I'm applying to graduate school programs, and for a few applications due yesterday only 2/3 of the professors I asked to write rec letters for actually sent them in. Will I be removed from consideration from the programs where the third person didn't send them in? Note:they did send them in for schools that had their due date a few weeks ago. Is there anything I can do? Or is it all out of my hands. I emailed them a day before with a reminder and also a day after asking if they will send it in.


  • 1
    Are "professors I asked to write" the same as "professors who agreed to write?"
    – Bob Brown
    Dec 16, 2017 at 15:56
  • Well yes, I asked all my letter writers about 1-2 months in advanced and they all agreed.
    – user503189
    Dec 16, 2017 at 20:18

2 Answers 2


It sounds to me like you're in the US and I'm going to answer this from a UK perspective, but I expect the situations are broadly the same. I'll first discuss a similar thing that happened to me, and then give some advice.

So, this exact situation happened to me last year with two different universities, and two different letter writers. All the places I applied to required a minimum of two reference letters, so in each case, I was down 50% on letters.

In the first case, the university notified me that I was missing a reference letter and I had time to find someone else who was willing to very quickly write me another letter. My application there was ultimately unsuccessful, but not because of this (it's the best uni in my country and my application was wildly optimistic).

In the second case, the university didn't notify me at all that they had only received one reference letter in support of my application. In fact, I didn't find out until they mentioned it in the interview, after which they subsequently gave me an offer, still only having seen one reference letter. So it didn't matter in this case either.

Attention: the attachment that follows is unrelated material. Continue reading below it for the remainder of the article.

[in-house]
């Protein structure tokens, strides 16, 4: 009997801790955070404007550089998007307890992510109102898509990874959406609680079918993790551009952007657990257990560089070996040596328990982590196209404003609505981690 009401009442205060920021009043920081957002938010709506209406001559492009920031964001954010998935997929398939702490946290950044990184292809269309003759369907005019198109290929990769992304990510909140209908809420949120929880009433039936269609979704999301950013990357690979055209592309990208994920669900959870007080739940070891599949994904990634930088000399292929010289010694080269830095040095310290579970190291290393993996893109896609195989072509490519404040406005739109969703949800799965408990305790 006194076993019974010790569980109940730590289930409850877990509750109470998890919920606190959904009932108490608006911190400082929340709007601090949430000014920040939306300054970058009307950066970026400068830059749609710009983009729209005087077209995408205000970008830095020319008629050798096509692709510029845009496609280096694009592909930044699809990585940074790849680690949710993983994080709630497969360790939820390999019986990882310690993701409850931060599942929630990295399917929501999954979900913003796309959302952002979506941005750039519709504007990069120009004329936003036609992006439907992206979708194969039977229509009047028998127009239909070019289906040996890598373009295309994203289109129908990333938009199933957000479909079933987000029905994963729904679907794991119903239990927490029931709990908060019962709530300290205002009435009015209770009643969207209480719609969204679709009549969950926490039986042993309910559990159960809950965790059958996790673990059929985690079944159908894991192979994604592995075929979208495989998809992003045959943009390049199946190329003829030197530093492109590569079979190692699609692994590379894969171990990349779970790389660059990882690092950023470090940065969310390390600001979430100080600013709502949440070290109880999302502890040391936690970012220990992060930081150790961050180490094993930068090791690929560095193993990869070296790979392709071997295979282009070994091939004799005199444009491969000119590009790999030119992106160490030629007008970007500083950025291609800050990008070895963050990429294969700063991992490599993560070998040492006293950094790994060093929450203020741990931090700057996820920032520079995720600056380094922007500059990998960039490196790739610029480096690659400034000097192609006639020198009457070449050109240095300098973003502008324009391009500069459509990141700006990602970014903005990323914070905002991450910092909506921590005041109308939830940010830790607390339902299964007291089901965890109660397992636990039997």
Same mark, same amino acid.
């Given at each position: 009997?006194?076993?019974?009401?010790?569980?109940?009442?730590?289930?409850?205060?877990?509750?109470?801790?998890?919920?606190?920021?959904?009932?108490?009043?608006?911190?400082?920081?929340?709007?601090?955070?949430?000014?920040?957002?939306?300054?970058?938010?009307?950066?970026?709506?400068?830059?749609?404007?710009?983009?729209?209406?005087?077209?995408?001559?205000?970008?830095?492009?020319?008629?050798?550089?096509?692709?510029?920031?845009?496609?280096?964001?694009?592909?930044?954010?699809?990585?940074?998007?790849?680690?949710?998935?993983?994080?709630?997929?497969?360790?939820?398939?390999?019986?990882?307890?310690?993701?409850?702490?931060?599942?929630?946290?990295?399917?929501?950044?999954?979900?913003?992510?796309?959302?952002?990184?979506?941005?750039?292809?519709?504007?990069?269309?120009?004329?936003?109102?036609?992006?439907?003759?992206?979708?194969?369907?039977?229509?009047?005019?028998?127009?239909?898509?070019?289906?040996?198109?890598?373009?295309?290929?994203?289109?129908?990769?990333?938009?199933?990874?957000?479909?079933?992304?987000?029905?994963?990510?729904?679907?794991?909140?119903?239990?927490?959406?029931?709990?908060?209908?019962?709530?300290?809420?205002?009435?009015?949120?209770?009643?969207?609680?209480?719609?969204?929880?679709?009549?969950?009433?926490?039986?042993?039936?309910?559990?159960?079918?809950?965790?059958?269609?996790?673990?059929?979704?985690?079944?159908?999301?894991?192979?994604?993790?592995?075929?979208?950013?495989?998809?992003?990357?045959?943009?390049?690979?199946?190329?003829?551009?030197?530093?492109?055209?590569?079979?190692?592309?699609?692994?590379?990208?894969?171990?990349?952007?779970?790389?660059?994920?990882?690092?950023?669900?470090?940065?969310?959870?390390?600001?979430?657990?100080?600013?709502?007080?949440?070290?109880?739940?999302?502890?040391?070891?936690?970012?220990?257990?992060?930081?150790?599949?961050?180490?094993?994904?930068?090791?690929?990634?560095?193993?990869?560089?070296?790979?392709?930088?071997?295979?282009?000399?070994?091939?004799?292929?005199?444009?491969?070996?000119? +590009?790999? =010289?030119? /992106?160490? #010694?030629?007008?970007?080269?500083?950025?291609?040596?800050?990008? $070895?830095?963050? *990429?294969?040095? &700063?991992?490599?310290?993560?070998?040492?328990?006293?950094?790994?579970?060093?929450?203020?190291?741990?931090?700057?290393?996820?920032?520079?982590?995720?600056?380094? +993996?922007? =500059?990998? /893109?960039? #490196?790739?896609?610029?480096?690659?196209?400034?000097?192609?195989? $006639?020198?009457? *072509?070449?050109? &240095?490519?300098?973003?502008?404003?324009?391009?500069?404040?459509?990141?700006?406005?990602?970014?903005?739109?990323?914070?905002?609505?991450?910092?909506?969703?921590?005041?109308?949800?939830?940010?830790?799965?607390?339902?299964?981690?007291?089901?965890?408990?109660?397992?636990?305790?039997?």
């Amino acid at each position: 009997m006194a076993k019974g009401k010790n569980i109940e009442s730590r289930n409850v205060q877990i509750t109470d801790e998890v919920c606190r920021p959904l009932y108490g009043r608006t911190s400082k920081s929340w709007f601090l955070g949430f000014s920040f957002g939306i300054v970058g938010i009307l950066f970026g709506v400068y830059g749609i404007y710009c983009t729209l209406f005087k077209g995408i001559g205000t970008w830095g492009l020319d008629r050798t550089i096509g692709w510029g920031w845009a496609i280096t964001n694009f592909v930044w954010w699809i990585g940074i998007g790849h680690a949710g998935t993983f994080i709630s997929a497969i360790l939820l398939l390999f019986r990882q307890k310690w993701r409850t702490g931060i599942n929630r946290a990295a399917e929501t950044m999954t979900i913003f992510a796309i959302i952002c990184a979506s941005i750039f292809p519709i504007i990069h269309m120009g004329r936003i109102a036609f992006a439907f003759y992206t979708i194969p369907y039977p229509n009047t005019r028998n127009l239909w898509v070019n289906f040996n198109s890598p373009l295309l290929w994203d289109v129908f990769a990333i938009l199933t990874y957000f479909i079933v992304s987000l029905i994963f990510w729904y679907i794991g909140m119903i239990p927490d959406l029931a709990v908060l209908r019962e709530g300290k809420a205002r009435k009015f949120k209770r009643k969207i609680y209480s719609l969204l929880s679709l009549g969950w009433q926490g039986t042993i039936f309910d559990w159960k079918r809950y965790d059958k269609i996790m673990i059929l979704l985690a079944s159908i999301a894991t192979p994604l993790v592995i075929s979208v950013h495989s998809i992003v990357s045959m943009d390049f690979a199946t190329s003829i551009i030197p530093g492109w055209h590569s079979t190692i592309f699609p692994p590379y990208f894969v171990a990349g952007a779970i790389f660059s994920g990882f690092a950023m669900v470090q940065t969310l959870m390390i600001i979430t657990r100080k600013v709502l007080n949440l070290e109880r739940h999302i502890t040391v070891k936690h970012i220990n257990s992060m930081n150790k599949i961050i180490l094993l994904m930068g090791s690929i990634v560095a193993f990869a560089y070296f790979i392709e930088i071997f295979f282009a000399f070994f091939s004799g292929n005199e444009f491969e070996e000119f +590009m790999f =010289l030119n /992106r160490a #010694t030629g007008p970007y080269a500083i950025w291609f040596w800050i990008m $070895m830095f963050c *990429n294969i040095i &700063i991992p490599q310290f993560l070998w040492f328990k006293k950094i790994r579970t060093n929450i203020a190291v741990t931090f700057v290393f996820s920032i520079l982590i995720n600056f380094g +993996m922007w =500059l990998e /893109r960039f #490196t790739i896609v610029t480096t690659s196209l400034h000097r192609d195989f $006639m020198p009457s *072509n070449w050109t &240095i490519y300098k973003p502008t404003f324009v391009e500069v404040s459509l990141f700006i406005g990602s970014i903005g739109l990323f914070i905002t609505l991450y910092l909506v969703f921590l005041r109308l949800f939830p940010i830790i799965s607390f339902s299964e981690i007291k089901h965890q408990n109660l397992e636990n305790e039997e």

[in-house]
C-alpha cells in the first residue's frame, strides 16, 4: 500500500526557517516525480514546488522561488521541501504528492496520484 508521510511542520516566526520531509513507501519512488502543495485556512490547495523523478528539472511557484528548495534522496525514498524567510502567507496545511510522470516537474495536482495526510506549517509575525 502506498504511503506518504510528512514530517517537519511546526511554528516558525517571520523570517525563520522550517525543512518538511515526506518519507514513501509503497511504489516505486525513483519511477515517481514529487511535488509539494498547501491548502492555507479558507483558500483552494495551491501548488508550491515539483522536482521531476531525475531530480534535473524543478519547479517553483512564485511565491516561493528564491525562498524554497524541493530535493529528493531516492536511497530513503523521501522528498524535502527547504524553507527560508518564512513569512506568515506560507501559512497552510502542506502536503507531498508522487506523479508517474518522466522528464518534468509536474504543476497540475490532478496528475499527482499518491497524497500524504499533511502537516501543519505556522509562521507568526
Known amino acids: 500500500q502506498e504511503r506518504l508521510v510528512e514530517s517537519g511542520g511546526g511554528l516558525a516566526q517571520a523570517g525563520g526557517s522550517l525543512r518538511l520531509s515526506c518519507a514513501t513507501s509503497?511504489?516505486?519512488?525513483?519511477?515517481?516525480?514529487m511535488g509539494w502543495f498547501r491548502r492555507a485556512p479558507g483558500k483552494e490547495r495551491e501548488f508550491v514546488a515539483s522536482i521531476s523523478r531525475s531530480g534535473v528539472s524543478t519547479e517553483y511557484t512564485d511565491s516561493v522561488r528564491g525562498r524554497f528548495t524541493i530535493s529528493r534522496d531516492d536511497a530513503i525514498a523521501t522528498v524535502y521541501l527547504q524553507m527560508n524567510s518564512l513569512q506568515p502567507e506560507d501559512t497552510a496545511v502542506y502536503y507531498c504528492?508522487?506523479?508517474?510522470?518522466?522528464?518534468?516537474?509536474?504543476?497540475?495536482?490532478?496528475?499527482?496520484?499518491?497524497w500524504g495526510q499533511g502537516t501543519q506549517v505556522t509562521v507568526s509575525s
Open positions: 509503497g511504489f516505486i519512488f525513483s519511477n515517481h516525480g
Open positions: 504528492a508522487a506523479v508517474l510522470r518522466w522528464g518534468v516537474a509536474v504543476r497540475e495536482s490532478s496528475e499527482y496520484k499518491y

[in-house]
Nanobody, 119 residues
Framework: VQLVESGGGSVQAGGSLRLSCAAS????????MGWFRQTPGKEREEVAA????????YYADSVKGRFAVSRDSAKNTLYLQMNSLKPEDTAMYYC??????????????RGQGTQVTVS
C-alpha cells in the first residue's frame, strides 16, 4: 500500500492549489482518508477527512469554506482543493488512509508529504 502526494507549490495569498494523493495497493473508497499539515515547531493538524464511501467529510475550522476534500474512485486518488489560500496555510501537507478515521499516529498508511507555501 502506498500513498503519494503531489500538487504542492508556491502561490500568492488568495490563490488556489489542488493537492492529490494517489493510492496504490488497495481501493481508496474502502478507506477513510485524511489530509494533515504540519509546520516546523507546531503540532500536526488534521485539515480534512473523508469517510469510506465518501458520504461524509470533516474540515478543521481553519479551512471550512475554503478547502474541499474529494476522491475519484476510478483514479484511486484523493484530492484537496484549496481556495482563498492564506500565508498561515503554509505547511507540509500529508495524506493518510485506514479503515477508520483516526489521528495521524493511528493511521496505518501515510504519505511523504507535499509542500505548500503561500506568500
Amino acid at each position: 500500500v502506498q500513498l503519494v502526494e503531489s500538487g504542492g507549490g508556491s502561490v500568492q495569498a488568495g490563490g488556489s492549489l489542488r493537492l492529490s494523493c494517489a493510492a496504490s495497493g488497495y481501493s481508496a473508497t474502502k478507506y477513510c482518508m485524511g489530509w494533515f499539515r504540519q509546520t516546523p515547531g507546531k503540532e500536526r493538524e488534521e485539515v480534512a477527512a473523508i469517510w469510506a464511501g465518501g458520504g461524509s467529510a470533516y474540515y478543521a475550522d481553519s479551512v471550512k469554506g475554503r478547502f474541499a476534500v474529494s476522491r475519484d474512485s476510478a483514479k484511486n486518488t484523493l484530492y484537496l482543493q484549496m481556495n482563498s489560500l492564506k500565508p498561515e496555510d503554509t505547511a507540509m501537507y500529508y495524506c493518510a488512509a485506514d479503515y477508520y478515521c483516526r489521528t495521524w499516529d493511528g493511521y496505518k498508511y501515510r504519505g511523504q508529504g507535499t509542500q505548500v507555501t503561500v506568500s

My advice to you is the following: contact the schools which are missing letters. Ask if it matters that your letter might be arriving slightly late-- I expect it probably won't. People working in academia are aware of the time constraints that academics have and will likely be lenient in this kind of situation. I also don't think it will reflect badly on you, as you have done what you can to rectify the problem.

Secondly, send another gentle reminder to the letter writer in question, or, if possible, pay them a visit in person. Chances are, it was an honest mistake and they just forgot.

Good luck with the rest of the applications!


Not all is lost. Maybe send a very friendly reminder to the person who missed the deadline. People are busy and a Recommendation Letter is not that important to them. Also, if you included email and phone number they may contact your reference and ask them directly.

In my experience it is much more important who wrote the letter than the content of it.

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